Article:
Daniel Evans DSO and Arthur Deakin formed a partnership in 1910, Evans Deakin and Co., with great enthusiasm and little money.
The idea was formed aboard a coastal freighter on which they both worked, enabling them to see first-hand the opportunities opening up in Brisbane as a hub to service Queensland’s fast developing northern regions. Having purchased a successful Brisbane engineering business in 1922, in order to gain valuable workshop facilities, the partnership became a public company in 1924.
Acquisition of a large site at Rocklea adjoining a major railway line in the mid-1920s laid the basis for becoming one of Queensland Railways principal suppliers and repairers of railway rolling stock during the early railway expansion era.
When the railway business abated, growing demand for structural steel provided the company with new opportunities in building and bridge construction. Evans Deakin became the supplier of structural steel for most of Brisbane’s prominent commercial buildings, hospitals, and bridges during the 1930s.
Its greatest achievement during this era was to partner with MR Hornibrook when the Queensland Government decided in 1933 to build a bridge linking Kangaroo Point and Fortitude Valley as a means of alleviating unemployment. Evans Deakin supplied the steel, MR Hornibrook the concrete, and a joint-venture company undertook the construction, thereby bequeathing Brisbane its iconic Story Bridge.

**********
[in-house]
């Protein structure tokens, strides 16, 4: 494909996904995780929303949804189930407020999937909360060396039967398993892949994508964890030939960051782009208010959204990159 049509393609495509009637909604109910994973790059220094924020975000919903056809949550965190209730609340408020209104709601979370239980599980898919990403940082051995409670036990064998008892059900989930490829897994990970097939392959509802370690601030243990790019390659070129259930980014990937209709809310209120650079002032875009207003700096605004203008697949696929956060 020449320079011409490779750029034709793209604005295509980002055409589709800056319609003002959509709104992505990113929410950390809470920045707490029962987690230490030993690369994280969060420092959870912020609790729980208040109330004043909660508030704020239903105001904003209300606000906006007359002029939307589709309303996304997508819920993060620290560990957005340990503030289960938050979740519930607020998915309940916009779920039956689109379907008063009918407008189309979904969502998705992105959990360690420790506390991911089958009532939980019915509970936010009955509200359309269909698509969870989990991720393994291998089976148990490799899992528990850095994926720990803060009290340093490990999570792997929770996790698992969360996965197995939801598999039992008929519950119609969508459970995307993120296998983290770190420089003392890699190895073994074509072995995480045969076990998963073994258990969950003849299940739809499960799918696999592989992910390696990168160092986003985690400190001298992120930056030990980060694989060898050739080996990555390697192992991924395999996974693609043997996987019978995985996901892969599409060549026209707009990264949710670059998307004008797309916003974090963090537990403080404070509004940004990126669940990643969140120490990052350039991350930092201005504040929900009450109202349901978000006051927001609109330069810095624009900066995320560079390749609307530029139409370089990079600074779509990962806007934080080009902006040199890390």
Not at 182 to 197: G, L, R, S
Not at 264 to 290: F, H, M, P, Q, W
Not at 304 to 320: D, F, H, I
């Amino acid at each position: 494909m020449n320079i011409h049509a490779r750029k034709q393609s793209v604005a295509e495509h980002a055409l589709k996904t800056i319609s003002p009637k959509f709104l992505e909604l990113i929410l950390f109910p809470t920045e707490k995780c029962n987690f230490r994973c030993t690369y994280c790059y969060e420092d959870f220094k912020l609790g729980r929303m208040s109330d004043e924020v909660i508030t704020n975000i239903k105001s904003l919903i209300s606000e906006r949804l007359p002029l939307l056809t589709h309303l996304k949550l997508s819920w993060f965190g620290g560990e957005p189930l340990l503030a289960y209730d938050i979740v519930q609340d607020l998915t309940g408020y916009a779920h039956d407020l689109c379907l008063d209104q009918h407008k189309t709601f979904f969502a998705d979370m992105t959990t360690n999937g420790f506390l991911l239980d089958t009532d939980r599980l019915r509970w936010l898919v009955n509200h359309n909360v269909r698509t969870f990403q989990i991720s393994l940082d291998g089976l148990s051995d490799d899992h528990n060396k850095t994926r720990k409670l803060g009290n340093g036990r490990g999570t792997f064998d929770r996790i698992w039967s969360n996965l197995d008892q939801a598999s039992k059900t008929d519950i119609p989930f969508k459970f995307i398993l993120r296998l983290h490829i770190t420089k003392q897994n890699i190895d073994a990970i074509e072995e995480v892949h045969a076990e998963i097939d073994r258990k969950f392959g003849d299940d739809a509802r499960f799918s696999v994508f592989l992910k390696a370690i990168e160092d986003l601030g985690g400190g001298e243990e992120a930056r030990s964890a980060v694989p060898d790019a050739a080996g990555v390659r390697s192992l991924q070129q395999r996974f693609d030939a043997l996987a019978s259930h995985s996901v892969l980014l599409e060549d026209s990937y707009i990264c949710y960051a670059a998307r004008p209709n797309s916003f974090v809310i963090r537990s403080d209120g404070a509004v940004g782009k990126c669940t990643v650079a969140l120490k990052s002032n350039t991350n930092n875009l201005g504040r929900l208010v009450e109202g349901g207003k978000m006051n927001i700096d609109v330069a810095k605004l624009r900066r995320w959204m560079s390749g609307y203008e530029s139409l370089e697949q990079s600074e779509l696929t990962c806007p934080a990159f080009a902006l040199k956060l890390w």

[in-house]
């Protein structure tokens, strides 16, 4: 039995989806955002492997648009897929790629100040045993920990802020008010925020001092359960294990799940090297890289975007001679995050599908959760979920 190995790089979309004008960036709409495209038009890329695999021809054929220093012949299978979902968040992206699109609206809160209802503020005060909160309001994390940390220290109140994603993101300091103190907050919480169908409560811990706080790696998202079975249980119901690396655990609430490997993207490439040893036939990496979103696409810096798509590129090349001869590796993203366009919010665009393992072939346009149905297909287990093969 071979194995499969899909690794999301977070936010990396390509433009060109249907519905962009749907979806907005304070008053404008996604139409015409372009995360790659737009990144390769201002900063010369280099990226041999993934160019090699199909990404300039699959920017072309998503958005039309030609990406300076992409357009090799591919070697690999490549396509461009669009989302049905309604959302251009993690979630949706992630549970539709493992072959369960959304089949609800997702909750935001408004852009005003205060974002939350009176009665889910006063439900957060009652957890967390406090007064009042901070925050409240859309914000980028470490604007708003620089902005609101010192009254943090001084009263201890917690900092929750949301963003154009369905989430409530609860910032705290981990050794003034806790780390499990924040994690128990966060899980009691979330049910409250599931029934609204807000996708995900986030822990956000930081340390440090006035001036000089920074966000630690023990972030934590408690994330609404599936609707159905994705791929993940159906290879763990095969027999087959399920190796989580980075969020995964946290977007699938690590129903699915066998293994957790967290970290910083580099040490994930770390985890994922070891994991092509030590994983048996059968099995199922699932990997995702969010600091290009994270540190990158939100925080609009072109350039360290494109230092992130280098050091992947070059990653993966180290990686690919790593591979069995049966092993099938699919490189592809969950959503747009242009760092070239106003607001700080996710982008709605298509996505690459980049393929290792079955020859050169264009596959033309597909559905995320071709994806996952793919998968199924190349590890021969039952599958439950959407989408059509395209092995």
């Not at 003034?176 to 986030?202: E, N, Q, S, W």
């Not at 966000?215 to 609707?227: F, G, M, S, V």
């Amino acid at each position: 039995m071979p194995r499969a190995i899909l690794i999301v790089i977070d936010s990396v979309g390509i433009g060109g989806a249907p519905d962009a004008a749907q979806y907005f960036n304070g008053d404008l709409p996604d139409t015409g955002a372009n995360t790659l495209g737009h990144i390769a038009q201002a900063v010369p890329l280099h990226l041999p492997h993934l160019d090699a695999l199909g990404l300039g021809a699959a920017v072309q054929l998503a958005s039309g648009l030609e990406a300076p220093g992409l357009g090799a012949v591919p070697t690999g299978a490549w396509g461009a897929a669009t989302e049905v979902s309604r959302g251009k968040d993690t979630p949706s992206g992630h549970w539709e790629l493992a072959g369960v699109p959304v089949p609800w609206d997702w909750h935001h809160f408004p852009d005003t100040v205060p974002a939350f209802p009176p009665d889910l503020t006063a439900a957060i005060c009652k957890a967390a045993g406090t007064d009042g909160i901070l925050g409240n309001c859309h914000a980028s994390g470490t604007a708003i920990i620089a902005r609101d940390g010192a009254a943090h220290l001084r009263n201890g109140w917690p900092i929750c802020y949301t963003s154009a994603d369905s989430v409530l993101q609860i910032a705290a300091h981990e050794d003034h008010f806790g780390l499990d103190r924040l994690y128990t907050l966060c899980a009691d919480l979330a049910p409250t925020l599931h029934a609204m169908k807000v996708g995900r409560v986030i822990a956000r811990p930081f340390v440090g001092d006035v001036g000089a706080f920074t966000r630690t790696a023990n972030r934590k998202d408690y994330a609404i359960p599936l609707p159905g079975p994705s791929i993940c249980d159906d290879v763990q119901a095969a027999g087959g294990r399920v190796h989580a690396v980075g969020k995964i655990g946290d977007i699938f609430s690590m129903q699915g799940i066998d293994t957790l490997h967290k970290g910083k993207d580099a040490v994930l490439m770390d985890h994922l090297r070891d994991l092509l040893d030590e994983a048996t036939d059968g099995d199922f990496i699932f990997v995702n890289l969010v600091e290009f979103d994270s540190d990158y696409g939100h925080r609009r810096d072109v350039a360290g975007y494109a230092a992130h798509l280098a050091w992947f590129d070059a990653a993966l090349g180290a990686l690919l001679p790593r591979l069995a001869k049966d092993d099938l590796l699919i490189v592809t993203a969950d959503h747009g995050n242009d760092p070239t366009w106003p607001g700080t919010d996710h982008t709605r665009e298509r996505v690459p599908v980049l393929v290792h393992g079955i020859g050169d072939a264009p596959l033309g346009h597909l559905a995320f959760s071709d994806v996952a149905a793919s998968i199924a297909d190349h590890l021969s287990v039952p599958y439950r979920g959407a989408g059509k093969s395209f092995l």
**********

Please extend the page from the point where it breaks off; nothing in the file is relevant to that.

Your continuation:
Following the outbreak of WWII, Evans Deakin demonstrated its adaptability by applying engineering excellence to naval ship building. In a three-year period, the company worked on 365 ships of all types, mainly for the Australian and American navies and armies and built 17 Corvettes, more than and faster than anywhere else in the country. The company went on to construct 82 ships in all, the largest being the 37,000 ton Robert Miller tanker launched during the 1974 floods.
In 1980 Evans Deakin made a successful takeover bid for Walkers Ltd of Maryborough, itself a major producer of railway rolling stock, and in 2001 was acquired by the Downer Group in which its engineering and railway activities continue.
The company’s remarkable 90-year history reflected a wonderful partnership of complimentary abilities – Dan Evans, a talented engineer, with a deep interest in military affairs, and Arthur Deakin, in contrast, a pioneering entrepreneur well-endowed with commercial acumen. Together they created the greatest heavy engineering business in Queensland’s history, giving employment and apprenticeship training to many thousands.